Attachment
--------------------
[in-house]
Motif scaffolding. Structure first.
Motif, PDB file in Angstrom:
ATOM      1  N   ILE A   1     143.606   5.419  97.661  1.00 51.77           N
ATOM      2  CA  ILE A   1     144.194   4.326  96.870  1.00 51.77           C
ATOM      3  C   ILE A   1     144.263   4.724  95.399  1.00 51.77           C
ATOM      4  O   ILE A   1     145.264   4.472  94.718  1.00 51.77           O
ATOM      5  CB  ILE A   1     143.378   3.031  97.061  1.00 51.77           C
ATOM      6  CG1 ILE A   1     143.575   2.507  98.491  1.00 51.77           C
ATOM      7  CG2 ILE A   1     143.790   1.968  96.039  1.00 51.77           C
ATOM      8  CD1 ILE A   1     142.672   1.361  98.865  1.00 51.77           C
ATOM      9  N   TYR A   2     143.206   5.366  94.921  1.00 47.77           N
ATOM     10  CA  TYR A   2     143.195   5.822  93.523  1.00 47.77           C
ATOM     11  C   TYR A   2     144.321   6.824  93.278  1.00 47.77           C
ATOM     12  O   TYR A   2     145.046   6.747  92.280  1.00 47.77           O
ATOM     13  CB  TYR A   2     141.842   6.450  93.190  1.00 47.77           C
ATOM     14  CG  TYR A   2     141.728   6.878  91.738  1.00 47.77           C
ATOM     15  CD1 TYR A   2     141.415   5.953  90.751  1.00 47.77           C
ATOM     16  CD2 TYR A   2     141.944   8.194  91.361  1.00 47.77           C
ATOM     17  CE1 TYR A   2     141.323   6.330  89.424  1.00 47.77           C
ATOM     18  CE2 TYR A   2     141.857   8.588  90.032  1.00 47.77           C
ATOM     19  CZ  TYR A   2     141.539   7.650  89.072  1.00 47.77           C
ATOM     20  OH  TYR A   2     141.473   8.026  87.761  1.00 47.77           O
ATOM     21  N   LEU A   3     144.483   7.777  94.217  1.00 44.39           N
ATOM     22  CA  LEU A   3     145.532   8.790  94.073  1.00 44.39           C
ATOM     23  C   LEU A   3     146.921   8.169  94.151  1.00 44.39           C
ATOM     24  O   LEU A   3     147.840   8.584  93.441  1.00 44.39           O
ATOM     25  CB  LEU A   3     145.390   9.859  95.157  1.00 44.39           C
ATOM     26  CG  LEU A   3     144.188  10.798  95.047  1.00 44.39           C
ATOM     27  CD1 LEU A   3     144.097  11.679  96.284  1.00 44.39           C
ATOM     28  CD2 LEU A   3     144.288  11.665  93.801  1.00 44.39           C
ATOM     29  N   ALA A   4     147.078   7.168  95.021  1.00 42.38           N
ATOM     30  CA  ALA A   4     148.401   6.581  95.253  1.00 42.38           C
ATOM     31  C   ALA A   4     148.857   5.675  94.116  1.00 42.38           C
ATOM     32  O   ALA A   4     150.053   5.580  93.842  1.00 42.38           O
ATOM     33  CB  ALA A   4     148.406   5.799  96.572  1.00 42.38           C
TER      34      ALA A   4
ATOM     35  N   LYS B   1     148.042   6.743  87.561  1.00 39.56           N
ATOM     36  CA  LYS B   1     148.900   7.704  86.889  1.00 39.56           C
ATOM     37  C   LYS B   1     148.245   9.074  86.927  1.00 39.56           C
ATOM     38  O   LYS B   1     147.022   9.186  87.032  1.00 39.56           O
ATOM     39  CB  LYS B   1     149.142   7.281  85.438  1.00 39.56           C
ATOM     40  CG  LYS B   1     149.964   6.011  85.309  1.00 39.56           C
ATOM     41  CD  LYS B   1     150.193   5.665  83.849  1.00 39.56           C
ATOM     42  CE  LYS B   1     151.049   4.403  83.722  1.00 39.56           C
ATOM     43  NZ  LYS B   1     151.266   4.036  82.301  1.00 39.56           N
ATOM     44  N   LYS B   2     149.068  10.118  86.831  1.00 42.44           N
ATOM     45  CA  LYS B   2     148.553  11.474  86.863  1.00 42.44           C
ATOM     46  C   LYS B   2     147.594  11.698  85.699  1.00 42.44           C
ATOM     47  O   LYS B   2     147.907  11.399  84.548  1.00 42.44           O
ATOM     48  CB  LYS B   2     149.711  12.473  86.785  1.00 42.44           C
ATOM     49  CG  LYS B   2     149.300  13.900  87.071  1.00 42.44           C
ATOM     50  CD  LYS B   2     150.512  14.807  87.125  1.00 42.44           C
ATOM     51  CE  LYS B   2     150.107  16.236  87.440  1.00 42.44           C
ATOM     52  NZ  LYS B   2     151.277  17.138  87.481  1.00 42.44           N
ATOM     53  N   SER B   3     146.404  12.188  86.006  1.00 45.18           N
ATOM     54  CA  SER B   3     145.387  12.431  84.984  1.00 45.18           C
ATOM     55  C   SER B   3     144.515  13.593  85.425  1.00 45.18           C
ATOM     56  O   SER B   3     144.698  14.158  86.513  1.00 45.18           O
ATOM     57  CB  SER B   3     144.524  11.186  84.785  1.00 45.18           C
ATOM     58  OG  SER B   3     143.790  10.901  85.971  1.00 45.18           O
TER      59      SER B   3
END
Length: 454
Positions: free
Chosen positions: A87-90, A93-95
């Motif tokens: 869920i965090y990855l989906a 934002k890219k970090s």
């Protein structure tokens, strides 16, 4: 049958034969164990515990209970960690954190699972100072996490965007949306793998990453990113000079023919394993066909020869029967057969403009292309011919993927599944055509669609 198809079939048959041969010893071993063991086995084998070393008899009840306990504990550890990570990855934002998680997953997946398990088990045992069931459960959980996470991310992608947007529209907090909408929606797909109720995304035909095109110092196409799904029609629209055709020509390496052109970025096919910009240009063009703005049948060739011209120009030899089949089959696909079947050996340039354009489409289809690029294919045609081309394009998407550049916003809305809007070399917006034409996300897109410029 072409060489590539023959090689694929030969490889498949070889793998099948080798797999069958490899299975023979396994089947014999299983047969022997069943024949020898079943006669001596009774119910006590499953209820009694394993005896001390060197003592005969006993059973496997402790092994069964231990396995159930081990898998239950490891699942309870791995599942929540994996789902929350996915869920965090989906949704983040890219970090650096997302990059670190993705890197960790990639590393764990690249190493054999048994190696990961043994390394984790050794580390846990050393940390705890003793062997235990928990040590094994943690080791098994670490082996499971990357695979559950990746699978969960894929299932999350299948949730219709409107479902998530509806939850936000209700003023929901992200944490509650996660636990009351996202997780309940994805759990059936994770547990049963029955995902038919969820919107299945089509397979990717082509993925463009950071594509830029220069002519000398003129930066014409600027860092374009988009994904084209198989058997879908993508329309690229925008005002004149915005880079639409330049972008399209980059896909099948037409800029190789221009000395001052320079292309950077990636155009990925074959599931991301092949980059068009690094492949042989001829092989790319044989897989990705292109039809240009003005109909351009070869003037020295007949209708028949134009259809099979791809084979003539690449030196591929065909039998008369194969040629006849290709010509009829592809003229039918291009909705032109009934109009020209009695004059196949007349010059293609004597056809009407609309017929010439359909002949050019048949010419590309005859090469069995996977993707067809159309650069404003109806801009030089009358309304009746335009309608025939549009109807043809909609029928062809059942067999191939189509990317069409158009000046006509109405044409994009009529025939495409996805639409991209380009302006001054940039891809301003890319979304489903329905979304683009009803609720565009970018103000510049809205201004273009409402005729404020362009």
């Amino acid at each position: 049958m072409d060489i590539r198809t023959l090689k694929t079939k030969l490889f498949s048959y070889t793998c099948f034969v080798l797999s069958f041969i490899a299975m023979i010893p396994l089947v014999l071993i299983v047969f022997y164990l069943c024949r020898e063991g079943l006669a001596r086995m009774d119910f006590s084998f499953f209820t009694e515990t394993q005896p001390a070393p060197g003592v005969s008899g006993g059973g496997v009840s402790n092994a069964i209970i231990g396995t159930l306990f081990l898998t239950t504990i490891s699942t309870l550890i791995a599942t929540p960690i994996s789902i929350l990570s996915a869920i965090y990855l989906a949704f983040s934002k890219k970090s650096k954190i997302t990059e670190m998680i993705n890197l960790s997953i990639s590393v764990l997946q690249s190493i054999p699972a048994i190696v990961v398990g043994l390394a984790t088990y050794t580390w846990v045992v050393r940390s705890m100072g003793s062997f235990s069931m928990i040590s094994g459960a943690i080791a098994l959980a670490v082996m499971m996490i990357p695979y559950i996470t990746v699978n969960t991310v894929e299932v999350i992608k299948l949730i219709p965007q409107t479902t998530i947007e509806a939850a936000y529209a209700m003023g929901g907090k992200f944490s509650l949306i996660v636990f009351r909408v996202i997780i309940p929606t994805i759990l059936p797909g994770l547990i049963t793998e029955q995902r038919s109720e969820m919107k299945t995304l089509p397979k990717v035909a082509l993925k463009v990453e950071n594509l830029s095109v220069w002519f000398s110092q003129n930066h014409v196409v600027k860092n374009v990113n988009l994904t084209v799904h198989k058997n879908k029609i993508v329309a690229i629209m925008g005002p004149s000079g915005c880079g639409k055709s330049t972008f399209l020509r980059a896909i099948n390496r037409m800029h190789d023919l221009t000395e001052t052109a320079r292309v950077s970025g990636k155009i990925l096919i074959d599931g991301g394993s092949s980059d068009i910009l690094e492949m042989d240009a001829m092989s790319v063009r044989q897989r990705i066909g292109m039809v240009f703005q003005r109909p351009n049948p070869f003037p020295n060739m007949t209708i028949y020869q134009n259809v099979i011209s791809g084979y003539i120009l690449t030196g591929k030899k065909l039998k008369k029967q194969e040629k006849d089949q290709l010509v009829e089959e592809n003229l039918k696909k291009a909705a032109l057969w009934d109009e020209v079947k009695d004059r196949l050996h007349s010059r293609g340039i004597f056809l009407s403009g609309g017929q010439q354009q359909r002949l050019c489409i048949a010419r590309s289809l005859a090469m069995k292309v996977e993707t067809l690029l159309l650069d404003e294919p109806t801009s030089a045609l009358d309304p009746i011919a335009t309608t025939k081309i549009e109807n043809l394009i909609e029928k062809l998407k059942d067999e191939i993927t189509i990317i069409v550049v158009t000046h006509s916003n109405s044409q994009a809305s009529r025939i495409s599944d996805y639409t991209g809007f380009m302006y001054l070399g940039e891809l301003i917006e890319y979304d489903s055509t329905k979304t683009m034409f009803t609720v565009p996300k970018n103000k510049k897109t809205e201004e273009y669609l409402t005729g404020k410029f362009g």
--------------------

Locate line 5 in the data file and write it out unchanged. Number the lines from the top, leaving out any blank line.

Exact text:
ATOM      2  CA  ILE A   1     144.194   4.326  96.870  1.00 51.77           C